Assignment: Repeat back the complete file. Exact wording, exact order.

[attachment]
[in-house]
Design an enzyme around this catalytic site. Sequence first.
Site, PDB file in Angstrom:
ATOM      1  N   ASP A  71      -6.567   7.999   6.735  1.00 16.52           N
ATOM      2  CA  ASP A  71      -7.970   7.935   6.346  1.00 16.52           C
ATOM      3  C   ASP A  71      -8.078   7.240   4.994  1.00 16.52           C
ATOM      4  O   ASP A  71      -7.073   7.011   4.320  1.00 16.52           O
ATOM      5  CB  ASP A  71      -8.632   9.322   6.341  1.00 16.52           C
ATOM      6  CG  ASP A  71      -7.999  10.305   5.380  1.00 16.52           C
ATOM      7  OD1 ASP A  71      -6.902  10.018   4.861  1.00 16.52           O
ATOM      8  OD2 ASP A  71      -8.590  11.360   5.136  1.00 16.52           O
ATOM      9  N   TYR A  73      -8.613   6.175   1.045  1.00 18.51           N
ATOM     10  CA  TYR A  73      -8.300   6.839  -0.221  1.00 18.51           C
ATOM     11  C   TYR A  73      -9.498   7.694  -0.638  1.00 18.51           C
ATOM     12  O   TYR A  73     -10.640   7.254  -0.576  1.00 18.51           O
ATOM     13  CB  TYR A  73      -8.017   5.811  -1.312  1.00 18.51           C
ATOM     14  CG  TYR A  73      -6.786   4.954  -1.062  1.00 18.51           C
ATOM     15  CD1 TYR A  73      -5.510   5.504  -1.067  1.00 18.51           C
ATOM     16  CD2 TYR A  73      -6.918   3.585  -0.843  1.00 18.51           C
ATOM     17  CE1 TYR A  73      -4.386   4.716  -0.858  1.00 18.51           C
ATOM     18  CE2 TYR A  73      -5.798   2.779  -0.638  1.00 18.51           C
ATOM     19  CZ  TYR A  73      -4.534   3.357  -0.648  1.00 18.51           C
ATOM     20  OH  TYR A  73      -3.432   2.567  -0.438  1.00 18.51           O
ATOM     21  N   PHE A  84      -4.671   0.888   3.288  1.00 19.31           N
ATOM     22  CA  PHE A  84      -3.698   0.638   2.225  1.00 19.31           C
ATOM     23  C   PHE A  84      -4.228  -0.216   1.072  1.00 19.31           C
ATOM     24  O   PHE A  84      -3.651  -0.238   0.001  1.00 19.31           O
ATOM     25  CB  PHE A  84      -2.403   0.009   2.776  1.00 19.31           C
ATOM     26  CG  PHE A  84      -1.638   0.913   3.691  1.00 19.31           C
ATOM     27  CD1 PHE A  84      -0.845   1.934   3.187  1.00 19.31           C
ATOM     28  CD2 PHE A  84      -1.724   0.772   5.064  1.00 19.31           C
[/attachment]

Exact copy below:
[in-house]
Design an enzyme around this catalytic site. Sequence first.
Site, PDB file in Angstrom:
ATOM      1  N   ASP A  71      -6.567   7.999   6.735  1.00 16.52           N
ATOM      2  CA  ASP A  71      -7.970   7.935   6.346  1.00 16.52           C
ATOM      3  C   ASP A  71      -8.078   7.240   4.994  1.00 16.52           C
ATOM      4  O   ASP A  71      -7.073   7.011   4.320  1.00 16.52           O
ATOM      5  CB  ASP A  71      -8.632   9.322   6.341  1.00 16.52           C
ATOM      6  CG  ASP A  71      -7.999  10.305   5.380  1.00 16.52           C
ATOM      7  OD1 ASP A  71      -6.902  10.018   4.861  1.00 16.52           O
ATOM      8  OD2 ASP A  71      -8.590  11.360   5.136  1.00 16.52           O
ATOM      9  N   TYR A  73      -8.613   6.175   1.045  1.00 18.51           N
ATOM     10  CA  TYR A  73      -8.300   6.839  -0.221  1.00 18.51           C
ATOM     11  C   TYR A  73      -9.498   7.694  -0.638  1.00 18.51           C
ATOM     12  O   TYR A  73     -10.640   7.254  -0.576  1.00 18.51           O
ATOM     13  CB  TYR A  73      -8.017   5.811  -1.312  1.00 18.51           C
ATOM     14  CG  TYR A  73      -6.786   4.954  -1.062  1.00 18.51           C
ATOM     15  CD1 TYR A  73      -5.510   5.504  -1.067  1.00 18.51           C
ATOM     16  CD2 TYR A  73      -6.918   3.585  -0.843  1.00 18.51           C
ATOM     17  CE1 TYR A  73      -4.386   4.716  -0.858  1.00 18.51           C
ATOM     18  CE2 TYR A  73      -5.798   2.779  -0.638  1.00 18.51           C
ATOM     19  CZ  TYR A  73      -4.534   3.357  -0.648  1.00 18.51           C
ATOM     20  OH  TYR A  73      -3.432   2.567  -0.438  1.00 18.51           O
ATOM     21  N   PHE A  84      -4.671   0.888   3.288  1.00 19.31           N
ATOM     22  CA  PHE A  84      -3.698   0.638   2.225  1.00 19.31           C
ATOM     23  C   PHE A  84      -4.228  -0.216   1.072  1.00 19.31           C
ATOM     24  O   PHE A  84      -3.651  -0.238   0.001  1.00 19.31           O
ATOM     25  CB  PHE A  84      -2.403   0.009   2.776  1.00 19.31           C
ATOM     26  CG  PHE A  84      -1.638   0.913   3.691  1.00 19.31           C
ATOM     27  CD1 PHE A  84      -0.845   1.934   3.187  1.00 19.31           C
ATOM     28  CD2 PHE A  84      -1.724   0.772   5.064  1.00 19.31           C